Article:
Lombardo and Rankin called the fair “amazingly successful.” According to Lombardo, the expansive outdoor setup meant that there was at least one empty bookcase in between the cases filled with books, and the cash registers could be placed farther apart. And kids and families were respectful of mask-wearing and other safety precautions, remaining mindful of giving others space.

“The day of the event and afterward, everyone said thank you,” Rankin said. “They liked that we kept the tradition going of holding something in-person and that everyone got to go,” she added. “They especially enjoyed the wider range of books that we received, so that people who have older kids who maybe wouldn’t have come to the fair, were able to be together. It was like the book fair family night we had last year. And I think everyone was really happy to see each other.”

As Lombardo put it, “The main goal is to have kids excited for books and reading more than anything else. When you see kids coming up to the counter with stacks of books, or reading on the curb, that is what we’re looking for. To hear kids say, ‘Mom, look, we talked about this in school. Can I bring it home and we can read it together?’ was wonderful. The fair brought so much joy to everyone.”

Charting the Way Forward

Scholastic’s process for developing best practices during the pandemic “started with the needs of our educators and schools,” Quinton said. “When it became apparent this would last longer than any of us had hoped, we knew that a return to learning would look very different this year,” she added. “We reviewed school superintendents’ feedback about their likely return scenarios. We monitored national polls and news coverage, consulted with our own advisory councils of principals and teachers, and spoke with our customers directly to understand what would be top of mind for them and what their needs would be.” According to Quinton, those needs included safety concerns, space and time constraints, limited resources, and modified schedules, considering when, or whether, students would return to their classrooms. “We knew that we had to meet them where they would be this fall and offer solutions that addressed each of these specific concerns to be of the most service,” she said.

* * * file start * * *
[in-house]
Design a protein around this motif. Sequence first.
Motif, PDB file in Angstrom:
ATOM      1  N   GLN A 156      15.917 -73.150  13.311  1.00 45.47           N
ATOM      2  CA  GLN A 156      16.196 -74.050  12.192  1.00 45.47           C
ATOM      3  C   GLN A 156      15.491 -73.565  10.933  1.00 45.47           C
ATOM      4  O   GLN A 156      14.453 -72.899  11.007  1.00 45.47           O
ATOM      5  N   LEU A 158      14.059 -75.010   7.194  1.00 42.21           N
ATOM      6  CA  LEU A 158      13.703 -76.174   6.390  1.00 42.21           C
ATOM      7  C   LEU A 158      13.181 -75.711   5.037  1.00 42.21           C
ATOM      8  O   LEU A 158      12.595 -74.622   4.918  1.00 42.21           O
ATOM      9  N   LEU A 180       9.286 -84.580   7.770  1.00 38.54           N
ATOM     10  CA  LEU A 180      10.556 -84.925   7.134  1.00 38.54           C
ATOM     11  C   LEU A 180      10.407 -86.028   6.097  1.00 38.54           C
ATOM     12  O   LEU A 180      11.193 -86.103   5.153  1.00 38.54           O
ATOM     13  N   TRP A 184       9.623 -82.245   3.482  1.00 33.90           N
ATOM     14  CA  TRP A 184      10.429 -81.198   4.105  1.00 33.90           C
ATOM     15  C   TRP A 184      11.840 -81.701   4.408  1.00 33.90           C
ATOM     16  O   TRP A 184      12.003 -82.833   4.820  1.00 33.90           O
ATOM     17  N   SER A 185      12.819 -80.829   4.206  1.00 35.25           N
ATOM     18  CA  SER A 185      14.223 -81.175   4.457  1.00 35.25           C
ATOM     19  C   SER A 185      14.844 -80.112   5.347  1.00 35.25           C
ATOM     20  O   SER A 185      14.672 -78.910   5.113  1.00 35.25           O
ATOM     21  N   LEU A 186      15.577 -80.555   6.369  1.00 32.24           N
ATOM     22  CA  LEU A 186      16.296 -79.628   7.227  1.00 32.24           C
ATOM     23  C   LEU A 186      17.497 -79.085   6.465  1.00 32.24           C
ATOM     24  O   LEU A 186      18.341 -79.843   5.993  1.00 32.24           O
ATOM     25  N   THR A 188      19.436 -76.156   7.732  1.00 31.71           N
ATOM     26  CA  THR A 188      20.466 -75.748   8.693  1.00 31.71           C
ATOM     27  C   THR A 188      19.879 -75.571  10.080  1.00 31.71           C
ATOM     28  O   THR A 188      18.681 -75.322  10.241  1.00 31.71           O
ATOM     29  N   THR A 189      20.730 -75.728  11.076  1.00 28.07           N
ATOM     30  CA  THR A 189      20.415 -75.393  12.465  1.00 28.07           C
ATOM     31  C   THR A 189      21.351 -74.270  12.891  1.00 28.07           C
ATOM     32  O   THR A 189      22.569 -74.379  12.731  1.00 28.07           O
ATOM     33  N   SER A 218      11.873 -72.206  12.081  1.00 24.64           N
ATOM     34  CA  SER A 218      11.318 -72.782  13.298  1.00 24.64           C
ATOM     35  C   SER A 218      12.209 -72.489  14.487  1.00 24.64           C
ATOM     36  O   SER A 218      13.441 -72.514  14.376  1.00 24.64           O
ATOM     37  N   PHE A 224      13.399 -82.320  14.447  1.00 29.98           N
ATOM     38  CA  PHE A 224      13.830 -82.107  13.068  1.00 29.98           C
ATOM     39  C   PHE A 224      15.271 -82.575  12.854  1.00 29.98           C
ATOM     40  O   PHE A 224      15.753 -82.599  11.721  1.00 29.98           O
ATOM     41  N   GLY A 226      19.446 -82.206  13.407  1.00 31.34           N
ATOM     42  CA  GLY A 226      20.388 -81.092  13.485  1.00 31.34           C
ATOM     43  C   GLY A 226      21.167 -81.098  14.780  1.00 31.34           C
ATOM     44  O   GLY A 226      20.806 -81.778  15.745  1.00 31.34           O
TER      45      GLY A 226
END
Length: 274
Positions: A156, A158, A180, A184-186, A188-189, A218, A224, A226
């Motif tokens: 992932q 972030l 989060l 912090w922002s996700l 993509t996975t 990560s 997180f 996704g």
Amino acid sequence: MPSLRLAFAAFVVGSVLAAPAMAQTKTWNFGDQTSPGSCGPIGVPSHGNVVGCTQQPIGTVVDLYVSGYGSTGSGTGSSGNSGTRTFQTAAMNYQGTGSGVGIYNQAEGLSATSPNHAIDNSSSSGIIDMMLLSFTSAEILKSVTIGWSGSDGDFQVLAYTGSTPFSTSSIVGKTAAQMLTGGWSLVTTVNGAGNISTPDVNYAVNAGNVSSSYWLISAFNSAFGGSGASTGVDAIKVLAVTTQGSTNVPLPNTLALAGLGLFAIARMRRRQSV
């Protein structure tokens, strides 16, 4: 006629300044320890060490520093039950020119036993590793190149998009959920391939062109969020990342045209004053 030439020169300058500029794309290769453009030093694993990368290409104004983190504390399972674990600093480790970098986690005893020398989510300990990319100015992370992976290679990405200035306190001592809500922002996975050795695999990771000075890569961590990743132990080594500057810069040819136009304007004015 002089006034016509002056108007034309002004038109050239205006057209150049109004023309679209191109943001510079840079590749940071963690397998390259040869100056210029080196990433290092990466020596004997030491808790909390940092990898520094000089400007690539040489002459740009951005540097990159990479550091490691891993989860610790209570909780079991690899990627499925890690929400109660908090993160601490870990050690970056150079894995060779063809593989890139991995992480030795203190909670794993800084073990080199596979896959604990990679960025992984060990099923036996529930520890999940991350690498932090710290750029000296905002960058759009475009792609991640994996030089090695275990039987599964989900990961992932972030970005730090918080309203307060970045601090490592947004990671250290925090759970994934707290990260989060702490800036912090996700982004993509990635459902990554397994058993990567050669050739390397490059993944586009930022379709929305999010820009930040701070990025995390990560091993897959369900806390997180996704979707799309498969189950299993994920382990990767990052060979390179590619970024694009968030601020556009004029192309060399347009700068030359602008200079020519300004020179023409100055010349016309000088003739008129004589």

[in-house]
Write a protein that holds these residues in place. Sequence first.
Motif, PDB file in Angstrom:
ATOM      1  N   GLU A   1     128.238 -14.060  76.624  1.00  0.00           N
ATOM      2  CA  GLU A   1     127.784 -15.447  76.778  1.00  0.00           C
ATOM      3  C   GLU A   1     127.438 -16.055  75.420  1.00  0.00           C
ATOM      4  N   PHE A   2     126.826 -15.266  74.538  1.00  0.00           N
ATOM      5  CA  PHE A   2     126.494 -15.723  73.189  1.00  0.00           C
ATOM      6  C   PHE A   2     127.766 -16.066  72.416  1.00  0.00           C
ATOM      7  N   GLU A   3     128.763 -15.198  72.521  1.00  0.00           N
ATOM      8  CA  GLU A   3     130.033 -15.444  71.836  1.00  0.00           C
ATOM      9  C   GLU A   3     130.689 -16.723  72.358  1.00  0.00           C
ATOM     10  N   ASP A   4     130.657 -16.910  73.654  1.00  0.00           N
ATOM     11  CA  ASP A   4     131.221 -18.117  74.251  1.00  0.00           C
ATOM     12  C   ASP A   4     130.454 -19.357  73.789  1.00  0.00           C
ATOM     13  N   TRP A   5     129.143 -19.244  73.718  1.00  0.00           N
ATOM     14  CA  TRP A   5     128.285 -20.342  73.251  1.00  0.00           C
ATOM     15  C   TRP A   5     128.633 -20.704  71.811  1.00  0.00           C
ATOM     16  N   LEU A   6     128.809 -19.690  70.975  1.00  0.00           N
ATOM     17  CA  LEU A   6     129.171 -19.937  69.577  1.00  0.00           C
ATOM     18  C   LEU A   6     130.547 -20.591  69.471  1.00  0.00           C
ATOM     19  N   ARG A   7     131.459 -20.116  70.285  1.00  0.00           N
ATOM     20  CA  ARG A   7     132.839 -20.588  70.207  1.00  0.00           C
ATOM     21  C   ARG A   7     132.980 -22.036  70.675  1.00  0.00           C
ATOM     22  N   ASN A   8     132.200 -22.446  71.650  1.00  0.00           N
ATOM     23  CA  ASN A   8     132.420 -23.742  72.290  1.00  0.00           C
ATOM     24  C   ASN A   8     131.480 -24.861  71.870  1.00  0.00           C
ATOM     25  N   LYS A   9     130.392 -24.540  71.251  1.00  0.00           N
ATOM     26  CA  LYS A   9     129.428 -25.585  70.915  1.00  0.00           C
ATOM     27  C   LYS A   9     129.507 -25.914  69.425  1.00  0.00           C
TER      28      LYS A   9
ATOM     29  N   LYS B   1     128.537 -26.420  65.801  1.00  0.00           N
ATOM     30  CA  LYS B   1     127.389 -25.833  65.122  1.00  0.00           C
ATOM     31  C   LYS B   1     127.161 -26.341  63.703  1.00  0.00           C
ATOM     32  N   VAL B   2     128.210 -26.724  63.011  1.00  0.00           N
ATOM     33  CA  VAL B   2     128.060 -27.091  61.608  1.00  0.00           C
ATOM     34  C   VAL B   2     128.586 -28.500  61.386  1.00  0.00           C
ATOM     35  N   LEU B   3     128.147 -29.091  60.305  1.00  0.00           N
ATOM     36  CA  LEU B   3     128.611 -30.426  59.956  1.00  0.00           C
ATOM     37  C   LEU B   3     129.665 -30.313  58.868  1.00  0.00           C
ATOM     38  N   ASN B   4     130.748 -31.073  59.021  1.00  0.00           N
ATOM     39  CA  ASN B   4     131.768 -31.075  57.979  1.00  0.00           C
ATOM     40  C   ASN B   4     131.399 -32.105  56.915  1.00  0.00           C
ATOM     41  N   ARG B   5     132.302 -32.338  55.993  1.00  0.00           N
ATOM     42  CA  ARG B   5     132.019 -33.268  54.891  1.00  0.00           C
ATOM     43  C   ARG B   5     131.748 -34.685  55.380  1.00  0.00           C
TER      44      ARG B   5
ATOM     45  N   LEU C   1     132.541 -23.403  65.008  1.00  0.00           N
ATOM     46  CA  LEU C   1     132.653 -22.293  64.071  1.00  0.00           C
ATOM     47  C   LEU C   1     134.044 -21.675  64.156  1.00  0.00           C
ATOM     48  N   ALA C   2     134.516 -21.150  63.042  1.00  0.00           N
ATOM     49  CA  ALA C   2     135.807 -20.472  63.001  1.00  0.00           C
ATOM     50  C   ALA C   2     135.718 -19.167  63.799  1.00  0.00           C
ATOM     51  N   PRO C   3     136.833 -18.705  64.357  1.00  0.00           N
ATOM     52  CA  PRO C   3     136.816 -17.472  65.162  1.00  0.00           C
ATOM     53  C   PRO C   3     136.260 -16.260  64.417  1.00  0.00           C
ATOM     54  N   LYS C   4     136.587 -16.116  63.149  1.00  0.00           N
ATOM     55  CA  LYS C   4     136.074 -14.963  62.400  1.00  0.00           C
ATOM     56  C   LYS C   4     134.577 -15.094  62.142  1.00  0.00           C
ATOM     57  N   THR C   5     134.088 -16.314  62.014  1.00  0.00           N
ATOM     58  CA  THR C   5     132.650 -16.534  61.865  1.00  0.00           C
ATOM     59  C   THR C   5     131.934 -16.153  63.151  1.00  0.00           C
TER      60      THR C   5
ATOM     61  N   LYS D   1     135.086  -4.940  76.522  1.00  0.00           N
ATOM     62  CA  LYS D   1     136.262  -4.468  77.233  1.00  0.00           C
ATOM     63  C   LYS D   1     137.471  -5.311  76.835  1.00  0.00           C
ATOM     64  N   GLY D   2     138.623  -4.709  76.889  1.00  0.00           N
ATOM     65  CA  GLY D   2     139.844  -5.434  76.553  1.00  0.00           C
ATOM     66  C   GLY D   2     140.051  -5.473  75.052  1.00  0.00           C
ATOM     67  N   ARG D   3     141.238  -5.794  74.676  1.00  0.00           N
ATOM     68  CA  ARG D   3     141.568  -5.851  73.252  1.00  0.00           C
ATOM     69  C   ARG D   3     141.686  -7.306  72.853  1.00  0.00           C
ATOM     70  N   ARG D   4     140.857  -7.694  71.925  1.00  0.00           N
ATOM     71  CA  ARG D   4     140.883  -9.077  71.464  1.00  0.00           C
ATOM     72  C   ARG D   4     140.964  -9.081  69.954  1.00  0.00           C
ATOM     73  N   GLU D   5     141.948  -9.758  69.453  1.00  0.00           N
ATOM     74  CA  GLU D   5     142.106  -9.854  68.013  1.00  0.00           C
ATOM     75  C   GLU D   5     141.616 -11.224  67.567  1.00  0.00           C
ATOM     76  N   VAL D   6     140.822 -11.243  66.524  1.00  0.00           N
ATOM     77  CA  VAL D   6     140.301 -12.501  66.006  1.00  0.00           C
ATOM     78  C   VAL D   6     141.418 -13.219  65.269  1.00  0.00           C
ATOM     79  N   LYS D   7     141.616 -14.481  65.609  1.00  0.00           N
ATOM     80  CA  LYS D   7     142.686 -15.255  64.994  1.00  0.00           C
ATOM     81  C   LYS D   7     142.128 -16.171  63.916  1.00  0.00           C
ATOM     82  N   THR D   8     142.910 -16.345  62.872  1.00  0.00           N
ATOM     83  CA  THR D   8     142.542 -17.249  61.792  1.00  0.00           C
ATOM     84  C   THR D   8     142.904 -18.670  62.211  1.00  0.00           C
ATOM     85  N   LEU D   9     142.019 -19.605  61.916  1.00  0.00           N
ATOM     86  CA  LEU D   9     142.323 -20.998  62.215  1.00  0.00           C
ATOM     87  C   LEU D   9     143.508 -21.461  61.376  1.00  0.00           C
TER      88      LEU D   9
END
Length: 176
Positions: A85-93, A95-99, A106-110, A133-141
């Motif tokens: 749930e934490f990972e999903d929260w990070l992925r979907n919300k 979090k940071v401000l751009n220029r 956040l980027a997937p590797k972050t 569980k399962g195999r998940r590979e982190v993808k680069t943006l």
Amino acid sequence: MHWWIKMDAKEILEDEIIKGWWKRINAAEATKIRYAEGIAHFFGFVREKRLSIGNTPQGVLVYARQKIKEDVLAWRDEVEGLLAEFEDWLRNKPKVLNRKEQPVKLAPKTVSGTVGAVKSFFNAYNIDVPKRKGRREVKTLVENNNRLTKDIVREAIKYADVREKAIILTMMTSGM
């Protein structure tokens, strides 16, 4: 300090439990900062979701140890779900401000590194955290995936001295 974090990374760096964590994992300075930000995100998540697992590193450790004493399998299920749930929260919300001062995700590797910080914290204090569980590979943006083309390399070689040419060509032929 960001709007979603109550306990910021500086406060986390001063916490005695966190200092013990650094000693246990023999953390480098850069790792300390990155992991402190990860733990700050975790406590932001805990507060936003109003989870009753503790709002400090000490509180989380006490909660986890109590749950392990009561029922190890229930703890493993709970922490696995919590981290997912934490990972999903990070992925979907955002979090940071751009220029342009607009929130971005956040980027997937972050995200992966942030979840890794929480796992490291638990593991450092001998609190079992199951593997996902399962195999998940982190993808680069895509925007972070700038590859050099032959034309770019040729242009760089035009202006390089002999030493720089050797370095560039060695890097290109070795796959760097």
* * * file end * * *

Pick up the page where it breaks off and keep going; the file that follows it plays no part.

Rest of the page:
“We’ve also enhanced our focus on strategic partnerships with local businesses and nonprofits, to help address the economic impact of the pandemic,” Quinton said. “We understand the economic challenges so many families are facing now, and equally recognize the need for increased school fundraising and resources, given the incremental costs of keeping our students safe.”

She noted that the response from schools, educators, caregivers, and students has been enthusiastic. “Schools have loved the new options, which give them a lot of flexibility and can really work for any of their unique situations,” Quinton said. “For educators, the Scholastic Book Fair is about delivering a sense of normalcy that children and families need right now and helping them get back on the track of reading and learning. And from parents and kids, we’re hearing a lot about how much they’re enjoying the new virtual fair experience—plus the convenience of shipping straight to home.”

Quinton pointed to the drive-through model as a good example of responsiveness and agility by the company. “It originally included only pre-packaged book bundles, but we heard from families that they wanted individual choices for their child, so we modified the model to include a case of our bestselling titles,” she said. “Now students can choose from book packs or they can pick individual books for themselves, all from the safety of their cars.”

Though there has been a natural downturn in business this year given the spring shutdowns due to the pandemic and varied re-opening models for schools—Scholastic reports that book fair sales fell 52% during the quarter ending August 31, 2020 compared to a year ago—Quinton sounded a positive note looking forward. “We’ve been pleased with how quickly schools have adapted and embraced our new models,” she said. “Educators are incredibly determined to bring a Scholastic Book Fair to their students. We hear from so many of them that Book Fair Day is one of the best days of the year for many kids—and they recognize how much they need a sense of joy and normalcy now. They also understand how critical it is to get books into their students’ hands to help address the learning losses children face due to extended school closures.”